Almost complete results showed the Quebec Liberal Party led by Jean Charest won a strong majority in the 125-member National Assembly legislature to form a new provincial government.
The Liberal victory on Monday was thorough, reaching across the province. The anti-separatist party was even running neck-in-neck with the Parti Quebecois among Francophone voters who comprise the core of its support.
A win would have given the Parti Quebecois, which was created to deliver independence, a third-straight term in office and a boost for proponents of holding another referendum on sovereignty within about three years.
In his victory speech, the 44-year-old Charest promised a change from the past acrimony between Quebec's separatist leadership and the rest of Canada, but made clear his allegiance was to the province.
"Our first mission will be to defend Quebec's interest with passion," he said, signaling his intention to challenge the federal government for more tax revenue and other money to help pay for services such as health care.
With more than 99 percent of polls reporting, the Liberals had 45.9 percent of the votes to 33.2 percent for the Parti Quebecois. In third was the Action Democratique du Quebec at 18.3 percent. The turnout of 3.8 million voters was 70 percent of the 5.4 million eligible.
A count by the Canadian Press news agency had the Liberals winning 76 National Assembly seats to 45 for the Parti Quebecois and four for the ADQ. Before the election, the breakdown was 67 seats for the Parti Quebecois, 50 for the Liberals and five for the ADQ, with two independents and one vacant.
The Liberal victory signaled the continued calming of separatist sentiment in a province where 80 percent of the people speak French. It also was a triumph for Prime Minister Jean Chretien, head of the federal Liberal Party, who has battled against Quebec's succession throughout his political career.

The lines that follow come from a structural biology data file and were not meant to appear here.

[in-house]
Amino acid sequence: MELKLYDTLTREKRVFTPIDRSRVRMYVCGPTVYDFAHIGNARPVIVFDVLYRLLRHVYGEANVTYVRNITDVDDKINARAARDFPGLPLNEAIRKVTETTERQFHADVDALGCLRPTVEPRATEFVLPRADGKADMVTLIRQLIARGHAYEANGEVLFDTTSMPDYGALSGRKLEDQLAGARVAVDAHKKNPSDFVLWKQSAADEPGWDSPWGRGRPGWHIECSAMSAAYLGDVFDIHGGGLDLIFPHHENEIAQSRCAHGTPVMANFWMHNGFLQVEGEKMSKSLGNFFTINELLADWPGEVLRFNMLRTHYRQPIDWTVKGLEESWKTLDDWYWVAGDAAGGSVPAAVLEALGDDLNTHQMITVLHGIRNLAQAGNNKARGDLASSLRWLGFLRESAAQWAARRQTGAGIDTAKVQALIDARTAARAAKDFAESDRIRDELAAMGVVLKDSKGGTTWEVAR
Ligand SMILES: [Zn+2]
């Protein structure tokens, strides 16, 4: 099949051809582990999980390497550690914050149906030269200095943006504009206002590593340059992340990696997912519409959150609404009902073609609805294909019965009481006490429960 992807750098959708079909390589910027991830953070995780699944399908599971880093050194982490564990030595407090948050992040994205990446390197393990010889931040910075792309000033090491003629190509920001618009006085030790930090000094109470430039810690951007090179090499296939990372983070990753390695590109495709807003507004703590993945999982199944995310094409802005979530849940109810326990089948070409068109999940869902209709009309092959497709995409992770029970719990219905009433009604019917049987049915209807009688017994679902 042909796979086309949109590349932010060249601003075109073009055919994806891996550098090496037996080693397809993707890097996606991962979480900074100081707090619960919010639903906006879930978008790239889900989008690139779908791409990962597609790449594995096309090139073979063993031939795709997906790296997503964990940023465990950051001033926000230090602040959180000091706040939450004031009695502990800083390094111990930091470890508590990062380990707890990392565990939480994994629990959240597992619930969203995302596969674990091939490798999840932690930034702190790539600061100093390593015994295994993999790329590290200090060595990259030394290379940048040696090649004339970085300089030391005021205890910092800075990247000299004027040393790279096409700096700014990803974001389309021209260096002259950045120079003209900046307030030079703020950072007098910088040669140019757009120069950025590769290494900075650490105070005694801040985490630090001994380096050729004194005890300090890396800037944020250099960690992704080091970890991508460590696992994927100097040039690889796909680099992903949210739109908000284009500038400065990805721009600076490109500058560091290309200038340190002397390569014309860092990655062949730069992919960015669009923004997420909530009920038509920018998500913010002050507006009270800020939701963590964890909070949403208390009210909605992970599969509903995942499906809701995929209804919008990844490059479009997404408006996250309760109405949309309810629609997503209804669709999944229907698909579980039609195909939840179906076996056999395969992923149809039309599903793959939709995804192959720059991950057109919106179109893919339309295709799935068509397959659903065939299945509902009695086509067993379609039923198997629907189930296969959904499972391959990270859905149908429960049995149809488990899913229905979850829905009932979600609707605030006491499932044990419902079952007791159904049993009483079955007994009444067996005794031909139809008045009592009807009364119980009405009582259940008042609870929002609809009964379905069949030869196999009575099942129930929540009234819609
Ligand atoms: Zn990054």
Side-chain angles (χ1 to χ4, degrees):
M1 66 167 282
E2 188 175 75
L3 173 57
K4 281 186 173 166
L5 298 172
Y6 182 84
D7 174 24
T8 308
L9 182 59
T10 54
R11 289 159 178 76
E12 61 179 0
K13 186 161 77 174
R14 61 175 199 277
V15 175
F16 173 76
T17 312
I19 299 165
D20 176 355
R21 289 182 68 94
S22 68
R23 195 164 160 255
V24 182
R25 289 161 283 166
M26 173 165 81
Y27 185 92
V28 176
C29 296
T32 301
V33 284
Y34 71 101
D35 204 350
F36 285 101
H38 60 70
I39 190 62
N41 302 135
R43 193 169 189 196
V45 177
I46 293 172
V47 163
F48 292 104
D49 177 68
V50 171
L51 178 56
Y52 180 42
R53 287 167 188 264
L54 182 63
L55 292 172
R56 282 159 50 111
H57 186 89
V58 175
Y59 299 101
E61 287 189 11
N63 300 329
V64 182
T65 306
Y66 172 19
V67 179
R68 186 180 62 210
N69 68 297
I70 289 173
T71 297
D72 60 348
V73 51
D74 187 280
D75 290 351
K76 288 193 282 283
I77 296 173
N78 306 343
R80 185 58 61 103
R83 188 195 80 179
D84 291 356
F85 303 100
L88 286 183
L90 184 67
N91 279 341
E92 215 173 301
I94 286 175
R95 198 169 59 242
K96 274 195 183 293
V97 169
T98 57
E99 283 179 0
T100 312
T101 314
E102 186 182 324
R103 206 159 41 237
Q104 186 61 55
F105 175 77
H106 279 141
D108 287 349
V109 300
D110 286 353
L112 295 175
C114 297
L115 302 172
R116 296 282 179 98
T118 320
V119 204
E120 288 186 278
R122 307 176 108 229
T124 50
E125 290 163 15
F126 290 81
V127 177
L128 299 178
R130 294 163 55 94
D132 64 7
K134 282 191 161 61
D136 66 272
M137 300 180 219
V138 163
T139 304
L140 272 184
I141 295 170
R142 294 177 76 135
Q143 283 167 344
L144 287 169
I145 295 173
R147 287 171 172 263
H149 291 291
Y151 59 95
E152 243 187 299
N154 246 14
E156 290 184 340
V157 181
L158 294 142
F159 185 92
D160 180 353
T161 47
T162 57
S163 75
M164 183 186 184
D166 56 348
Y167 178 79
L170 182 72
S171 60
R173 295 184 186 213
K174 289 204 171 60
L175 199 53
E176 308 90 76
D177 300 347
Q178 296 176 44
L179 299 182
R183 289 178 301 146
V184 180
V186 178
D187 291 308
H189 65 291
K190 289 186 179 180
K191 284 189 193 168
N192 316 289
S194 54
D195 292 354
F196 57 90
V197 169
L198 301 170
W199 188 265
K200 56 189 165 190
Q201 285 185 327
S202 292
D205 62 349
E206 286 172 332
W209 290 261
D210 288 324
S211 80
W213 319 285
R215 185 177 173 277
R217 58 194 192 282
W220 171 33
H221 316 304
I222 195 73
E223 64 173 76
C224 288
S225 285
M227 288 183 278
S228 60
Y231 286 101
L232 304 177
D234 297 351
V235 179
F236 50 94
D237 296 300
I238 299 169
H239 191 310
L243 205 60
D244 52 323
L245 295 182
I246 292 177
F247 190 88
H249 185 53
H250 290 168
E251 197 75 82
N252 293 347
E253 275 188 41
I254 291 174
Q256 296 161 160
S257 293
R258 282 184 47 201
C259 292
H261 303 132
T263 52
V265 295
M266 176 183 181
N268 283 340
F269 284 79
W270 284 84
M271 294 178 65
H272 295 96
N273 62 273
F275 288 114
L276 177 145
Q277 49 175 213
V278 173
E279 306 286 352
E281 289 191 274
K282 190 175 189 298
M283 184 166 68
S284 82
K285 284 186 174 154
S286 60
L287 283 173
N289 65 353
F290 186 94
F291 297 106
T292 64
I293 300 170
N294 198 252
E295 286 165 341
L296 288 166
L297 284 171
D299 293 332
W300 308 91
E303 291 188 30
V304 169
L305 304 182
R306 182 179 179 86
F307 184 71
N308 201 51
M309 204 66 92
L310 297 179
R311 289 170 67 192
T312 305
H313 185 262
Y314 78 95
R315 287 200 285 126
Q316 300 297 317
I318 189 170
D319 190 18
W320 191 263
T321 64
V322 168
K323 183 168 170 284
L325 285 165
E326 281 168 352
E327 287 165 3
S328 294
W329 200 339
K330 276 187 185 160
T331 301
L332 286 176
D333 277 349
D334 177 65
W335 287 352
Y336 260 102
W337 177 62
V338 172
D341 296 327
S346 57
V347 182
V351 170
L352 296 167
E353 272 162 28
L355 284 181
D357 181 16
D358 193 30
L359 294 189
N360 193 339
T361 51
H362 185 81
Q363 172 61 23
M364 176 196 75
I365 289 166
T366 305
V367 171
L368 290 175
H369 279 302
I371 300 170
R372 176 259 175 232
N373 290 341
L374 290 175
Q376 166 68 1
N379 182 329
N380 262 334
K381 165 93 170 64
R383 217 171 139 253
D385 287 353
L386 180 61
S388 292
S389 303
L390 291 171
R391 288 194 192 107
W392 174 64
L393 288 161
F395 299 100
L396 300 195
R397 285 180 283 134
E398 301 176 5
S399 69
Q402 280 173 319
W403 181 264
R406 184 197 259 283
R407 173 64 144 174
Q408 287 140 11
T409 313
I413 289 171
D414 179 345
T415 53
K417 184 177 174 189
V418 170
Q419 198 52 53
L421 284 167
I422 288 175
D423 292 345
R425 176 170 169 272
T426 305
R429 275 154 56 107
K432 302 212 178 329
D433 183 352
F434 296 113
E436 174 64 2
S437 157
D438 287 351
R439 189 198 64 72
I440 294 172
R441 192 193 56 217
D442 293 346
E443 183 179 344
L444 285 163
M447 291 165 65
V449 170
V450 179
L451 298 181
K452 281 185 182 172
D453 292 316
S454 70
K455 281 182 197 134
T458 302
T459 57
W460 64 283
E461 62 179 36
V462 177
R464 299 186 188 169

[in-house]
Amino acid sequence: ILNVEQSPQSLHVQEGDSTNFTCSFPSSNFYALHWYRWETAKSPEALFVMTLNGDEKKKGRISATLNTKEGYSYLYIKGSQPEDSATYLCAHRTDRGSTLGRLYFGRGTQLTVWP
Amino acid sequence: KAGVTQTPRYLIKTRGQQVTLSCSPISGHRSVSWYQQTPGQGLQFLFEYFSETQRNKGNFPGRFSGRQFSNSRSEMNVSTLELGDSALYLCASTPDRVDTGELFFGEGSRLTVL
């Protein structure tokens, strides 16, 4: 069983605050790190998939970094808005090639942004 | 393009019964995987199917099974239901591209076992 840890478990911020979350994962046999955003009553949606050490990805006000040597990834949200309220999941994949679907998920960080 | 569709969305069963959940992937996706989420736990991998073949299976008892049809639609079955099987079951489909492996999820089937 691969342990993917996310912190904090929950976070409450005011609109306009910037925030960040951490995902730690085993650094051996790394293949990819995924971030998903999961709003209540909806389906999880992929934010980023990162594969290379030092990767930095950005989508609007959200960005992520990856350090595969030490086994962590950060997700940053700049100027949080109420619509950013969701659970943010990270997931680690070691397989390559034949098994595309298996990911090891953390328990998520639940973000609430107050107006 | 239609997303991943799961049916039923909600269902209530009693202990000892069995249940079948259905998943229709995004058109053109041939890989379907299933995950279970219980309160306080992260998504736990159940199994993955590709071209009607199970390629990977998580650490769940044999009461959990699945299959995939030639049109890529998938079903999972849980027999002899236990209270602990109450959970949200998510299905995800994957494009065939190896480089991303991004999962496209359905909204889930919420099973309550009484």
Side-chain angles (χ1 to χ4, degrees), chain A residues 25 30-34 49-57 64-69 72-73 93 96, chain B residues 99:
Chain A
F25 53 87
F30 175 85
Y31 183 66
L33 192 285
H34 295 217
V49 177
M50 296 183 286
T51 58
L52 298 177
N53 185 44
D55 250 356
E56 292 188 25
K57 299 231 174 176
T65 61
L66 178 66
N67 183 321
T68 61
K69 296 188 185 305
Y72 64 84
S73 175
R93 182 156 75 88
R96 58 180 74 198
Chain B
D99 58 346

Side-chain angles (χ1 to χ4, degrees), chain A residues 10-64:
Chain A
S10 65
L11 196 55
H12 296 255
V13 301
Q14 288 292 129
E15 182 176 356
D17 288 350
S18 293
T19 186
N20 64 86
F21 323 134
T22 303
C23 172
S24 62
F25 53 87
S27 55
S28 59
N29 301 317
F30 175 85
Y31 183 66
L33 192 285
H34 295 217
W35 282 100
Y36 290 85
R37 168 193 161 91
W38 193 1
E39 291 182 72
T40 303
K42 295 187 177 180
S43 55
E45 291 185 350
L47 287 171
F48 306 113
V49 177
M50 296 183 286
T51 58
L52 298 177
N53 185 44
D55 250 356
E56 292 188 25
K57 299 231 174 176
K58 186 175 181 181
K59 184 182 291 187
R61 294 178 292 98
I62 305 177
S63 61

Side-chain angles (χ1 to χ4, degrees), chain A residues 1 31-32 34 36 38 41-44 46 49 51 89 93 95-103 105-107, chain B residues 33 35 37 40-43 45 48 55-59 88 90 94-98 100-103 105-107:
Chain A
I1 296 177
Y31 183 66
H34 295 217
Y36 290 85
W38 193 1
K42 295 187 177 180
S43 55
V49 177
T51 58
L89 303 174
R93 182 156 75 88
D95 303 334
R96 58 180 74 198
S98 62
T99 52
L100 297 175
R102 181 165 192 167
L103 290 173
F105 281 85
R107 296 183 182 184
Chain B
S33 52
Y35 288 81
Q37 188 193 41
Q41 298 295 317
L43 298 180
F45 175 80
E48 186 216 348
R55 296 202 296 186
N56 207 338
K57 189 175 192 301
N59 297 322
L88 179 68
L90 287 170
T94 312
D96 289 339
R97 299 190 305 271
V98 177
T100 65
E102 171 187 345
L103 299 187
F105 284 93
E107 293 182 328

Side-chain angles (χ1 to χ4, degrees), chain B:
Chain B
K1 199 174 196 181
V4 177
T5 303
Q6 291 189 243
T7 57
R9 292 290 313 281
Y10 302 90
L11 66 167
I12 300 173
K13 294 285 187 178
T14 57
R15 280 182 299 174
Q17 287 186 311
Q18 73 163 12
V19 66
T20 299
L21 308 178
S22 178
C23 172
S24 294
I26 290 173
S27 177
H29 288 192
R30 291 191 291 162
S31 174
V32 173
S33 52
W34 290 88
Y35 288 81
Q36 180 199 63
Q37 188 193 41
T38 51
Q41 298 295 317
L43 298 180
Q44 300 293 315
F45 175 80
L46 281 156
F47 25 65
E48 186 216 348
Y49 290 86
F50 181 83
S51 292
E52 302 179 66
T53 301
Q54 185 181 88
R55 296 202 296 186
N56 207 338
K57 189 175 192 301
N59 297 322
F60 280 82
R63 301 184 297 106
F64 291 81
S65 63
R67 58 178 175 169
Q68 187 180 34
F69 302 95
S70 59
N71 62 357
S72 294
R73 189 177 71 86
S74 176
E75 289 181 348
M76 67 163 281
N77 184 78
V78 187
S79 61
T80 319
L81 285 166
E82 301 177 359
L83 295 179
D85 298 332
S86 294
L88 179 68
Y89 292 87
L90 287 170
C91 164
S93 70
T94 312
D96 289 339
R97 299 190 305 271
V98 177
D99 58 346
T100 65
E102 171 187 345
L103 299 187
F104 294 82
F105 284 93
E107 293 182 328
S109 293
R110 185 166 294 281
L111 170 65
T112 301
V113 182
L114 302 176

"It is for me an element of satisfaction," Chretien told reporters in the Dominican Republic, where he is on a state visit. "It's a confirmation that the threat of separation has disappeared. This is very, very good for Canada."
Opinion polls had indicated a race too close to call, but a surge in support for the Liberals in the final weeks carried over to election day.
Pollsters said voters wanted change after nine years of Parti Quebecois rule, including the divisive 1995 sovereignty referendum that failed by the narrowest of margins — less than a percentage point.
Charest almost came to power in the previous election in 1998, when he and the Liberals attracted the most votes but failed to muster a legislative majority. Both Charest and Premier Bernard Landry, the Parti Quebecois leader, reclaimed their seats in the legislature Monday.
When compared with results from the 1998 election, popular support for the Liberals rose only two points to 46 percent, CBS News reports. The Action Democratique surged six points to 18 percent from 12 percent, while the Parti Quebecois plunged 10 points to 33 percent from 43 percent.
Landry, 66, conceded defeat by congratulating Charest for "such an impressive victory."
"I know this is not exactly what you wanted to hear, but in the spirit of democracy, we should speak well of those who won," he said as supporters embraced in the party's election headquarters.
Landry also promised to continue the pursuit of sovereignty, acknowledging his goal of another referendum on the issue within 1,000 days had been unpopular.
"But a few thousand more days, what are a few thousand days in the history of a nation?" he said.
Landry's party, aware of public disenchantment with the sovereignty debate, had softened its separatist message in the campaign.
Charest, however, kept the sovereignty issue prominent saying Landry and his party wanted to hold another referendum on breaking away from Canada.
Quebec, about twice the size of Texas, is far different from the rest of Canada. Its legal system is based on the Napoleonic Code, while the rest of Canada follows English common law. It raises its own income tax and sets its own immigration rules, geared to attract French-speakers.
At the Parti Quebecois election headquarters, 21-year-old supporter Paul Charron wrapped himself in the blue and white Quebec flag and said the sovereignty movement would recover.
"In four years we'll be back and stronger," Charron said. "I voted for a country, I voted for a nation. It was my first time voting and it's not easy, but we'll be back."